what is Stemwedel afraid of? Pick up your rationality by the handle, not the blade! [Its just knowledge fer crisake!]
and as for Janet, NO NO NO you aren't "pinning it on something abnormal" what kind of understanding of genetic and imprinting variations is that? You are pinning it "on something normal" if you find a genetic cause, however rare. and the homosexuality is NOT rare but you STILL don't need to find "why" why is for preachers, how is scientists. Quit getting those things confused people!
OK, I calmed down and read all the way to the bottom.
I see this post as important to advancing the perceptions among people who don't keep read up on research in gender and sexual orientatation and the constant probing to precisely locate the frontier between nature and nurture in our behaviors. But it is mostly of political rather than scientific utility for us to understand that misconceptions and mistakes are natural and that our untutored thought habits go with "essences". I think anyone who claims to follow the process and suspend the judgements about open questions in a scientific way should not have the timidity shown in the two quotes you started with. Mistakes that are natural are still mistakes and fear of providing ammo for republicans or fundamentalists is unbecoming a scientist.
Green, I go back and forth on whether knowledge that will certainly lead to widespread unethical behavior should be disseminated (I have a hard time not falling back to the "all knowledge is good" default position, which is really a pretty naive position when you think about it). But what I can say for certain is that studying essentialism in social categories is of interest scientifically, even without the practical/political applications. Understanding the structure of concepts is one of the central tasks of cognitive science.
"naive": Thats me all right. But I do not go back and forth much: dissemination of ideas is virtually impossible to control in this day and age...unless you can make it sound boring [which was Jessica Vallenti's original faux pas: she sensationalized a routine scientific paper] If senationalism and instant dissemination are here to stay, then we just have to keep learning and calmly explaining what we have learned...and calmly refuting from our facts the distortions others reach from their assumptions and fears.
"understanding the structure of concepts..": Yup...and I am glad there are people smart enough to do such useful investigating.
[but I do owe Dr Freeride and apology for over reacting to the quote before reading the whole post.]
.when it turns out that people who already believe that homosexuality has a biological basis tend to be more pro-gay than people who don't believe that it has a biological basis!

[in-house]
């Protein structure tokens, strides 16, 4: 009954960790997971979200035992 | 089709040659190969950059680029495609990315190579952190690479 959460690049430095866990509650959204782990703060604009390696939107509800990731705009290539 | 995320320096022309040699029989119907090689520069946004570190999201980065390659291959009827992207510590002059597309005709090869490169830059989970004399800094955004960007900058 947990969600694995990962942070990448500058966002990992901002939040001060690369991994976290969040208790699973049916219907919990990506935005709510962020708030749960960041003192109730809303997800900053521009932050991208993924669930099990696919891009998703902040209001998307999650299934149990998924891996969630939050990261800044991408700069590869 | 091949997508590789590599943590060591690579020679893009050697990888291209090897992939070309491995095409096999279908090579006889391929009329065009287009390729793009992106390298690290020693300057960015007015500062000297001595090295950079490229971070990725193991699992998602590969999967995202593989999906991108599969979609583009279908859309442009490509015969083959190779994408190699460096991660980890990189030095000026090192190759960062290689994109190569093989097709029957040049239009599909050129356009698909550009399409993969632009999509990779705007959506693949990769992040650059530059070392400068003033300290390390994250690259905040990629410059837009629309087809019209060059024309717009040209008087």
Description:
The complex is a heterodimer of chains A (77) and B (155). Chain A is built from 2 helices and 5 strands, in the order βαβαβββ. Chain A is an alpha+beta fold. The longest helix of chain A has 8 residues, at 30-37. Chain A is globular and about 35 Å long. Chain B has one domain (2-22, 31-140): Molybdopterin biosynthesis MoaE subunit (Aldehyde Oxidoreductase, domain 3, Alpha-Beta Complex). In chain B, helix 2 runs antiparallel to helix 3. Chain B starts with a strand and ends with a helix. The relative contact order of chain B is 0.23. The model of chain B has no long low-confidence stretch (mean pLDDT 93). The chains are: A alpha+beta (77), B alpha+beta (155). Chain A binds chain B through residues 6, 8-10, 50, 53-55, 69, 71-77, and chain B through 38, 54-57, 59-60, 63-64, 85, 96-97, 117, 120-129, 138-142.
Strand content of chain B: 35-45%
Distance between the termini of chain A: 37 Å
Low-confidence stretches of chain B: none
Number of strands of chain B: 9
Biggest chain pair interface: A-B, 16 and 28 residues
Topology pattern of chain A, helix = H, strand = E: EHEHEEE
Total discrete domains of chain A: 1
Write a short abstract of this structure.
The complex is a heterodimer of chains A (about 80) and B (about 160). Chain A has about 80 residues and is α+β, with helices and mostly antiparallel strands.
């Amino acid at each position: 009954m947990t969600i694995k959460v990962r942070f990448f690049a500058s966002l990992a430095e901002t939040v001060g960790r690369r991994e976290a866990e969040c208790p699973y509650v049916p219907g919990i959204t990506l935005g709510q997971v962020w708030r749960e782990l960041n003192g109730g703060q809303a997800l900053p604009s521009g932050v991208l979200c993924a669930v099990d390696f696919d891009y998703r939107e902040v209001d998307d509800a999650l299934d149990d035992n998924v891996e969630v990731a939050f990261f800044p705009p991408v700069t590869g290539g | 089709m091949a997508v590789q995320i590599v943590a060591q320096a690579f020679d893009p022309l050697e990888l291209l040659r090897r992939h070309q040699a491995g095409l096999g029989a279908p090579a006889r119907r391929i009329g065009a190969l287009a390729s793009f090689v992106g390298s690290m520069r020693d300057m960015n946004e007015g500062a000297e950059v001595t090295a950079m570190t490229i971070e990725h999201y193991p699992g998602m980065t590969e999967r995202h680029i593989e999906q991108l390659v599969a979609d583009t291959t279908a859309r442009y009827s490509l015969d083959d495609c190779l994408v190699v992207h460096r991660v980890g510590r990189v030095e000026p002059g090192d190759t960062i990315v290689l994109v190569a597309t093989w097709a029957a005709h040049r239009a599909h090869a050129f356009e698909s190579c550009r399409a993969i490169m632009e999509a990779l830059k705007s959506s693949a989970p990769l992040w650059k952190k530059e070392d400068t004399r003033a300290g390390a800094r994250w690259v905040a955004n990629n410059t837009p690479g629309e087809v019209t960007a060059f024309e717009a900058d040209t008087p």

I have watched my views change over a period of time from abhorring homosexuality as a depravity to accepting it as a natural occurrence of sexual preference for some individuals. I attribute this change to an active effort of informing myself about this topic to get over my own prejudices. At this stage, I am inclined to believe that homosexuality, at some level, has a biological basis. But I keep wondering as do many biologists, if homosexuality is genetic, how does it propagate? Since the sexual act does not lead to procreation, how is the trait inherited? I recently watched the film Kinsey on Alfred Kinseys life and research. The Kinsey scale measures sexual orientation from 0 to 6 with 0 being completely heterosexual and 6 being completely homosexual and the rest lying in between. I have been wondering if the bisexuals are the carriers of this supposed gene that confers complete homosexual orientation over time? I think that just as the opposite sex is the natural choice for a typical heterosexual, so would be the case of choosing the same sex partner for a typical homosexual. In other words, just as a typical homosexual may feel repulsed by the idea of the same sex partner, I would think, a typical homosexual would also feel similarly, repulsed. I dont see why ones repulsion should be validated and the others not. Why is one individuals choice biologically (not evolutionarily) driven and not the others?
An interesting take on homosexuality comes from Joan Roughgarden (author of Evolutions Rainbow) who says gayness is a necessary side effect of getting along (Jonah Lehrer. Seed. 2006. Vol.2. No. 5, 52-57). With a list of over 450 vertebrate species displaying homosexual behavior, she argues In our culture, we assume that there is a straight-gay binary, and that you are either one or the other. But If you look at the vertebrates, that just isnt the case... that in 50 years, the gay-straight dichotomy will dissolve. Homosexuality in humans has existed historically in many cultures. Maybe not so much discussed, maybe not so much so apparently, yet it has been there. I think, because this form of sexual activity does not have the required effort and energy inputs in terms of associated parenthood, it promotes multiple and short term partnerships. At societal levels, this is a cause of concern since it disturbs the long-held family as the societal unit framework. I would think, divorces and single parenthoods should be as much a cause of concern as homosexuality in such a scenario. It is the implications of homosexuality gaining popularity as a viable sexual choice that holds the threat over the majority. I would think that if such be the case, proof of biological basis of homosexuality would be a welcome thought, since that would confirm that you are born a homosexual (just like you are born a heterosexual) and not made into one.